If you have a long long layover, I also have spa recommendations as well. They will literally pick you up from the airport, give you an amazing package deal, take you to their amazing restaurant if you want to eat, and then take you back to the airport before your flight. I killed four hours on a 7 hour wait one time this way.
I'm a woman, so Bali was an excellent splurge trip for me. I highly recommend not 'roughing it out' if unnecessary.
I did. Lovely place. I went there without doing my homework so I bought an ebook of Rick Steven's Paris guide book from Amazon (so I wont be so clueless). I wasn't expecting much but it turned out to be like having a robot tour guide. There's walking tours with maps and routes with audio guides. Srsly, very helpful. Just download onto your smart phone and listen to the audio while you walk around, following directions and checking the book's map every now and then.
Restaurant recommendation: http://www.tripadvisor.com/ShowUserReviews-g187147-d778973-r136037121-Le_Relais_de_Venise-Paris_Ile_de_France.html
Dude, UNLIMITED STEAK FRITES. Srsly. They just keep loading your plate with the yummiest steak ever with heavenly sauce and fries. Go there hungry. Accessible via metro.
Just to keep others from getting confused like I did, this isn't just some random hostel in the middle of nowhere. It's a castle and what is presented to be the first youth hostel in the world.
I haven't been there, but tripadvisor makes it seem like more people go there for day tours than actually staying there. Might be interesting if passing through somewhere that remote.
I haven't been to either but I'm planning an Argentina trip. Here is the page I looked at for information on buses http://www.tripadvisor.com/ShowTopic-g294266-i977-k6867917-Information_for_long_haul_bus_travel_in_Argentina-Argentina.html.
Also spanish is easier than thai!
> -Siestas are real, and things close in the afternoon till the late evening. Can make getting food challenging sometimes.
This. I knew going in what siestas were, but I figured it was only businesses and large restaurants. I learned that it's pretty much everything. My first day I was starving bc I woke up after siesta had already started due to jet lag.
One recommendation I can make if you go to Madrid is Restaurant Botin. They are known as the earliest founded restaurant in the world and they are famous for their roast suckling duck which was indeed very good.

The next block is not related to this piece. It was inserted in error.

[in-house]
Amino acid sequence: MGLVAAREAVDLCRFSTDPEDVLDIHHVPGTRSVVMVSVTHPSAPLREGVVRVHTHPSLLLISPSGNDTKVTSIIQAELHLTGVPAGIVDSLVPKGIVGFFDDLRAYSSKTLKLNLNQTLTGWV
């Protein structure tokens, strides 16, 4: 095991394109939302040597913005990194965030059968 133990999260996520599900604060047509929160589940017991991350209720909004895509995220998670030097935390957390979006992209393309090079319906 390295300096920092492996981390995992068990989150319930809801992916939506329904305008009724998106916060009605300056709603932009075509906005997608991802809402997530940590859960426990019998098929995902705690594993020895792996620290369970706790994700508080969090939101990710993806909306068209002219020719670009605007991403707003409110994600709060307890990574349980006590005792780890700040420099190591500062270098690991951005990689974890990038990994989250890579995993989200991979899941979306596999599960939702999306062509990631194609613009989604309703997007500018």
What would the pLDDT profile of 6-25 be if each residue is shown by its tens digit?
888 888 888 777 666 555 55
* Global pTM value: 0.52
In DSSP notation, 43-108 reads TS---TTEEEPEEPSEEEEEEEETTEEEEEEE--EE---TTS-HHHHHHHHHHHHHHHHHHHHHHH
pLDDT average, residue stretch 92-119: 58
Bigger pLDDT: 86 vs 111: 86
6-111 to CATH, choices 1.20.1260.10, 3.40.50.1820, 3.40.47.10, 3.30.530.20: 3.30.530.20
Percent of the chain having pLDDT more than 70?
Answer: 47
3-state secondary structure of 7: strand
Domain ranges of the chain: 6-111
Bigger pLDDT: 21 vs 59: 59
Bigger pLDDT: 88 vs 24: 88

Edit: Wanted to add that if you are a fan of international sports, there's also the olympic stadium in Barcelona.
I just got back from Vietnam a couple of weeks ago and did pretty much the exact same thing you are planning. I stayed at the Vietnam Inn Saigon while in Ho Chi Minh. Great hostel, very social and a sweet roof top bar that you can get two free beers from every night. Nha Trang is nice with a sweet beach and there's plenty to do on the island of Vinpearl, which is right off the coast. Da Lat was nice mostly because it's a town up in the hills and turned out to be an amazing break from the heat and humidity. If you do anything in Vietnam, visit Hoi An. One of the most beautiful towns I have ever been to. If you go to Hoi An visit this bahn mi restaurant I was in Hoi An for four days and I probably eat there close to 15 times. Literally every time I left my hostel I stopped by. So cheap (~$1 per sandwich). Hoi An has beaches similar to those at Nha Trang and the old town at night was a sight I'll remember for the rest of my life. Enjoy your trip, I'm jealous, I would go back there tomorrow if I could. Also, eat Pho every morning you're there, because you know: "When in Vietnam"...
Sounds good. I mostly remember seeing the city in Jackie Chan's Who Am I and it looking pretty cool. It looks like it's pretty easy to just go from the Amsterdam airport to Rotterdam too, so I am leaning towards heading to Rotterdam first and going to Amsterdam on my way back.
Let's see. Top of my head. The Medina, the Souk, Jemaa El-Fnaa square (at night it's a huge festive good court), Menara/Majorelle gardens, Beware of the Souk and the Jemma square: beggars, pickpockets, sellers of toys etc a-plenty. Haggling over price is common when going into a souvenir shop. Getting around: taxi's but you want to be on your guard for rip-of. Wikitravel has a nice article: http://wikitravel.org/en/Marrakech